An Open Model for Business

Mon Jan 16 17:10:27 2012

At the Manchester Free Software society meeting on Tuesday 17th January I am going to be talking about the value to using and working on free software both for and as a business.

With thanks...

I am, however, deeply indebted to a talk given by Stevan Little at the Perl Oasis in 2011. Stevan had the keynote and he used it to present a talk called Code for Free which was not only a great inspiration but was a good basis for what I wanted to talk about so was formative and highly influential on everything in my talk.

It is also great to be invited to speak at such an event. As a business we are always happy to be involved with the community but this feels extra special as we are asked to talk about the subject of Free Software and Shadowcat Systems and after that we have pretty much full reign. I could have just made a 40 minute advert for why we are so great. I haven't, however, in fact I have devoted the time to speaking about, involving yourself, and committing to the community that your software and your business are a part of.

It was, however, really great of Michael Dorrington to invite Matt and I to talk to the group.

Formation...

When I first thought about my presentation I did consider speaking more about our clients and some of the work we do with them and how we interact with them, but I realised this was going to handicap my talk. I would, naturally, have to restrict myself from any sensitive data and direct usage of names, ideas, business models or any core parts of their work. This leaves only a small framework to discuss within so I dismissed that.

But, I could discuss the way we work on Open Source and Free Software projects, how we encourage the use of open data and transparent applications. The more I thought about this the more I realised that I had some understanding of the benefits of that approach and I have experience of the community. So our clients are only spoken about in an abstract manner in relation to FLOSS as a product we use and libre as an ideal that we follow.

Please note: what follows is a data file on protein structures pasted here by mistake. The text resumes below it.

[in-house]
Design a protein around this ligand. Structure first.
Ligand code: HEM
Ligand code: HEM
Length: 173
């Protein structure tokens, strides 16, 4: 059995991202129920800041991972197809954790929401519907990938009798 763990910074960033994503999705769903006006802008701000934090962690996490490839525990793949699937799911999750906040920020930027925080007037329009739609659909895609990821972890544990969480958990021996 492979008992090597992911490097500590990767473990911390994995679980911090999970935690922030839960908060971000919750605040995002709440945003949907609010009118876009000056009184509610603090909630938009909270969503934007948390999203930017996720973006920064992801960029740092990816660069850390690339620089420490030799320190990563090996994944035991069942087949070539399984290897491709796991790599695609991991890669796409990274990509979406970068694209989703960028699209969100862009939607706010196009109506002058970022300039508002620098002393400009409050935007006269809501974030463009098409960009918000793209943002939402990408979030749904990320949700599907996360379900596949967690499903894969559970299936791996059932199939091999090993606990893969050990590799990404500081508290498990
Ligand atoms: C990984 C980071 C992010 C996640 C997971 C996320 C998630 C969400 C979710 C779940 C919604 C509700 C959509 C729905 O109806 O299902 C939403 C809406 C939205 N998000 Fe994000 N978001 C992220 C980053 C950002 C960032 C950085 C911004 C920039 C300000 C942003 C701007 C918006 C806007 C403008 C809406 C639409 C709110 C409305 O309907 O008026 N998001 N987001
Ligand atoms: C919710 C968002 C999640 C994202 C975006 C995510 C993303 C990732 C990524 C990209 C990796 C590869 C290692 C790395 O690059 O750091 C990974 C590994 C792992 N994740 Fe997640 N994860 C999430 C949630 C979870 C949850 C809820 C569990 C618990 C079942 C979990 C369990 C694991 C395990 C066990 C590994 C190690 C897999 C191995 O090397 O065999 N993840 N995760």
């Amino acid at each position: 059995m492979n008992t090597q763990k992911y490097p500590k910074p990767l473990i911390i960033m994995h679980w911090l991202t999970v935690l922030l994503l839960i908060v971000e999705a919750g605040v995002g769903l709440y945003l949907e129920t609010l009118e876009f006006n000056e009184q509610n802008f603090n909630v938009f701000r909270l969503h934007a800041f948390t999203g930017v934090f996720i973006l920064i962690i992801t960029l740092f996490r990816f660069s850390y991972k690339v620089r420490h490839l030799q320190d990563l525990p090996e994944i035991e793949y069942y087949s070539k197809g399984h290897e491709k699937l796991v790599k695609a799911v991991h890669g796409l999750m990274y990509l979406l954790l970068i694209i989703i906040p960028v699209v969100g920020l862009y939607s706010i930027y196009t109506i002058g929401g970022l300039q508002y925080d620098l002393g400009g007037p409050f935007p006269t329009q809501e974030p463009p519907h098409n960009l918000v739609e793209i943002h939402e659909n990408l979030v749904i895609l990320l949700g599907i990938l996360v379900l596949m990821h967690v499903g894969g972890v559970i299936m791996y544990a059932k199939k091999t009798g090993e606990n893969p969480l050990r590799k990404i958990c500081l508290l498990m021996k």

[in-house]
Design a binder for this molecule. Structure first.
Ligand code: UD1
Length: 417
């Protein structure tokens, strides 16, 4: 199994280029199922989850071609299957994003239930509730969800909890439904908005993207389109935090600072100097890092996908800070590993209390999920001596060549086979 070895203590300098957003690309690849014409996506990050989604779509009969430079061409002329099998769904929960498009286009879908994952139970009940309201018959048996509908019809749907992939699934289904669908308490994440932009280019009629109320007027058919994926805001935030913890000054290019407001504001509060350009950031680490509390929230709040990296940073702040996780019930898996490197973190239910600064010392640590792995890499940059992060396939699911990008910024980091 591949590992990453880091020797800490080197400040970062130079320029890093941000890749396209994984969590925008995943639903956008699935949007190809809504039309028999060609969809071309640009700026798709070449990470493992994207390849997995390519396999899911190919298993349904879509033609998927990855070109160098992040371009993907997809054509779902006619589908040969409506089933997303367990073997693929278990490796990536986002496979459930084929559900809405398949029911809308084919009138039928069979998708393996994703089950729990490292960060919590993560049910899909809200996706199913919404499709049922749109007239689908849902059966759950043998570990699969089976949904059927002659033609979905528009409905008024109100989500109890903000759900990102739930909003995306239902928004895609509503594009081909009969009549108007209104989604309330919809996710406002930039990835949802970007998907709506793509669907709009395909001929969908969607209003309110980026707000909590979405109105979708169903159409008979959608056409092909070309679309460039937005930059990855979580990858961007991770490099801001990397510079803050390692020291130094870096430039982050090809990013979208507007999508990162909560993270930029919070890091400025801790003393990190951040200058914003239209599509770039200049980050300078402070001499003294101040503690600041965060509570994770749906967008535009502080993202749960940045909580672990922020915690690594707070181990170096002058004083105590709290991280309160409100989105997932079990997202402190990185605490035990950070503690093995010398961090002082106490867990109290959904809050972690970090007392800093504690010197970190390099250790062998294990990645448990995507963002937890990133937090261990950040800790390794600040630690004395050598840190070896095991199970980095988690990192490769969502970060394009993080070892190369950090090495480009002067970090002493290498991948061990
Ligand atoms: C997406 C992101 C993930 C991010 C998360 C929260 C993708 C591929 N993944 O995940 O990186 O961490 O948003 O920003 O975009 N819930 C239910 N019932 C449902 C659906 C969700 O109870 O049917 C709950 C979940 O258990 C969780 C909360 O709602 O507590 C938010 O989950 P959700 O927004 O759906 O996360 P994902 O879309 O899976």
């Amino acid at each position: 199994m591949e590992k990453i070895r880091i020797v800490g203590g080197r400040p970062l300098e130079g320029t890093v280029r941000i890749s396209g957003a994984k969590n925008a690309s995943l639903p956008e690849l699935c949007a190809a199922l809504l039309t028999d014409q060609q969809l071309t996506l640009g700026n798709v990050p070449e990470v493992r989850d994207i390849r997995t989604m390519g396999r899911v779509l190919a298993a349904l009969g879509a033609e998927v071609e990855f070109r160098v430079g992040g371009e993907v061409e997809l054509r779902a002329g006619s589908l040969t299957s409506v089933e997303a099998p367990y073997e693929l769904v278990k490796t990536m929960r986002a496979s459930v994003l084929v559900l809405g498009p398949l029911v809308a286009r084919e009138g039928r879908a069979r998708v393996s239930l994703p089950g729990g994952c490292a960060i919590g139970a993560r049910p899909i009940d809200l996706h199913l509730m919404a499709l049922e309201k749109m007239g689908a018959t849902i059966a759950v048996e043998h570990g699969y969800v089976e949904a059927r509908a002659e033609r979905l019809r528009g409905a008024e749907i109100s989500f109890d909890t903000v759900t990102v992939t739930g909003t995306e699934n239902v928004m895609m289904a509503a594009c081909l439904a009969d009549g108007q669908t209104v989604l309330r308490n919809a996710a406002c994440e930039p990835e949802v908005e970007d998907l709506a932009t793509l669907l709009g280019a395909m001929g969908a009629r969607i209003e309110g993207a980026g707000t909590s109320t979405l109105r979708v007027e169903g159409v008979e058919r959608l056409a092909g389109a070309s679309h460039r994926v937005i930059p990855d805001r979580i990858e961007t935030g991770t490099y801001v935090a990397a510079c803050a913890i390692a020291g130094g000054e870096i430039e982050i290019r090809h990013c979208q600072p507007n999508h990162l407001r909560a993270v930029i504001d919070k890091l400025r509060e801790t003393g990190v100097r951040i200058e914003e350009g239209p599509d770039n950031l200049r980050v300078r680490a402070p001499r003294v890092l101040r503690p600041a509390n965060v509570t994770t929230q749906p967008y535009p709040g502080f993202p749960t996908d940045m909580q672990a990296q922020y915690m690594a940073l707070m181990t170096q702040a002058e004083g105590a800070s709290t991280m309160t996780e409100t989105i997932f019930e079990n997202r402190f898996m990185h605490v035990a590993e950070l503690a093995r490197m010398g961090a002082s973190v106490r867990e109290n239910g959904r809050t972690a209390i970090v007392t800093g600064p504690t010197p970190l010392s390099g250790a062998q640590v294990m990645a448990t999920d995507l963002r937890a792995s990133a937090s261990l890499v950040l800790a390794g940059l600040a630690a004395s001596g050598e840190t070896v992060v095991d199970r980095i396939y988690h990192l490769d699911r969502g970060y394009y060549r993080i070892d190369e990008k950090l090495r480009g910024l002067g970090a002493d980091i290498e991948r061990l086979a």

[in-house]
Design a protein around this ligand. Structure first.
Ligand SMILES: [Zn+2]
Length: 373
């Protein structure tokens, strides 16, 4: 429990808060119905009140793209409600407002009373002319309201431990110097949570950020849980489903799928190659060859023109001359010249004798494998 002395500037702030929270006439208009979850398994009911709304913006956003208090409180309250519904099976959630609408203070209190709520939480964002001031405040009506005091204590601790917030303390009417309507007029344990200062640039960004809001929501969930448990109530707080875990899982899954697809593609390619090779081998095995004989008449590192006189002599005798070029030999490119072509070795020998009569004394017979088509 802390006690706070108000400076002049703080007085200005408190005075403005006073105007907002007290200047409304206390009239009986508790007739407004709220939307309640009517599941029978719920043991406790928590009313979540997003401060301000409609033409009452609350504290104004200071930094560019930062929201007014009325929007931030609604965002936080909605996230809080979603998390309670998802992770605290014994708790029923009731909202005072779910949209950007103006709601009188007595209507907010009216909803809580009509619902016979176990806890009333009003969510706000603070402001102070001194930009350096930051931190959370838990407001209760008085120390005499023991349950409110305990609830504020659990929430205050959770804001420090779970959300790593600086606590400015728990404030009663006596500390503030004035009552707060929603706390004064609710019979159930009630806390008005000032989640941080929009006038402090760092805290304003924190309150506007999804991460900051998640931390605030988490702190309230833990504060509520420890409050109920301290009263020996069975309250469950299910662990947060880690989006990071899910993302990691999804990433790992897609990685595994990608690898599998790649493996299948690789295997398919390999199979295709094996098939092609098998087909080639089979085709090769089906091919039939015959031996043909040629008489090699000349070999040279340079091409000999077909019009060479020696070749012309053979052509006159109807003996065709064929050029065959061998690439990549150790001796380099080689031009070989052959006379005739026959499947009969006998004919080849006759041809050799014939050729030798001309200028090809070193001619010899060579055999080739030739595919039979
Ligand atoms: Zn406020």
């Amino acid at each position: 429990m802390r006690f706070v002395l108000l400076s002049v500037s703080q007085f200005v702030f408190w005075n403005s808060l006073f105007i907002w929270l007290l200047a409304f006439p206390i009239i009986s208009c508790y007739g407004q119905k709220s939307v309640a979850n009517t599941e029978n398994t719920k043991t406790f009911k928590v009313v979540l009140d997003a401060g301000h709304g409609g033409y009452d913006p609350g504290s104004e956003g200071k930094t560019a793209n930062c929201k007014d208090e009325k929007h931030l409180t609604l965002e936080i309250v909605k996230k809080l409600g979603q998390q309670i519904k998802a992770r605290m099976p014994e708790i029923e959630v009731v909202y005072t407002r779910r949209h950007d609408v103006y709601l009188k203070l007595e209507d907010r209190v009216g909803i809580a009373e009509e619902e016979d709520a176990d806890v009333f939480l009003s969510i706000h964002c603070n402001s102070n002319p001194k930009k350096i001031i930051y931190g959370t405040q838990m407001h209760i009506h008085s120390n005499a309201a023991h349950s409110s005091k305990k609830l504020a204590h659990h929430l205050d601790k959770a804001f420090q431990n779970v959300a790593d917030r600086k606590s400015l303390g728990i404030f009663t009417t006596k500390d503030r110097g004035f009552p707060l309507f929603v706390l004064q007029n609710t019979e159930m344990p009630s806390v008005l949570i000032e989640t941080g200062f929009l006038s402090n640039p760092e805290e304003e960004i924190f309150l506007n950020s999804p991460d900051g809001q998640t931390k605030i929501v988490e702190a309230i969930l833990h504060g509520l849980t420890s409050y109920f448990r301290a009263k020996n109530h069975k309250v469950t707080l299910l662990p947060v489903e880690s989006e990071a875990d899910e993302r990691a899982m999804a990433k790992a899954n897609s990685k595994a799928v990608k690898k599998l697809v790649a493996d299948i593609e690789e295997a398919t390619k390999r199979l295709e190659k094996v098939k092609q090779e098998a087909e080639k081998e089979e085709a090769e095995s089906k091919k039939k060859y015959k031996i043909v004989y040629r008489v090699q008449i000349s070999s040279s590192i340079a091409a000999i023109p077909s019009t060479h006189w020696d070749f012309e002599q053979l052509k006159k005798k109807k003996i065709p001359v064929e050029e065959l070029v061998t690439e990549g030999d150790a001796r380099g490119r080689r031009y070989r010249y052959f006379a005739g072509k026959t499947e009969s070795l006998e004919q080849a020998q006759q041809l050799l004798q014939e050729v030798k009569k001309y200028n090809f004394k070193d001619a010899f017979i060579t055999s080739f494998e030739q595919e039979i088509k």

Libre...

When I think about 'libre' I like to understand it in a sort of philosophical way, in that it isn't getting something for free but "the state of being free" or "with little or no restriction".

So think on that, this is not 'gratis', I am not giving you something for free but that what we -all- have is in a state of being free, and that's free to use to whatever purpose we like as long as it is with 'little or no restriction'. Those restrictions are generally related to the talents, abilities, time or resources of the individual who exercises them. We are at liberty to provide services in this system for those who wish to reduce their own personal burdens and give up some of those freedoms in exchange for securities or duties that they do not wish to take responsibility for.

So you can get a piece of software, for example, and use it, look at the source, change it and intsall it or provide a service to install it for others who don't want to take the time to learn how to do that, or you can pay someone to do it for you, or exchange your skills with theirs or whatever else you want. You are mastering your own experience, you are in the 'state of being free' not being fed a freedom.

As Nicholas Clark has said this item is "free as in puppies".

That line...

In the Precis for my talk which was distributed to the wider world I used a specific line in which I stated that one way of looking at an Open Source and Free Software community of programmers is a "culture of collaborative one-upmanship".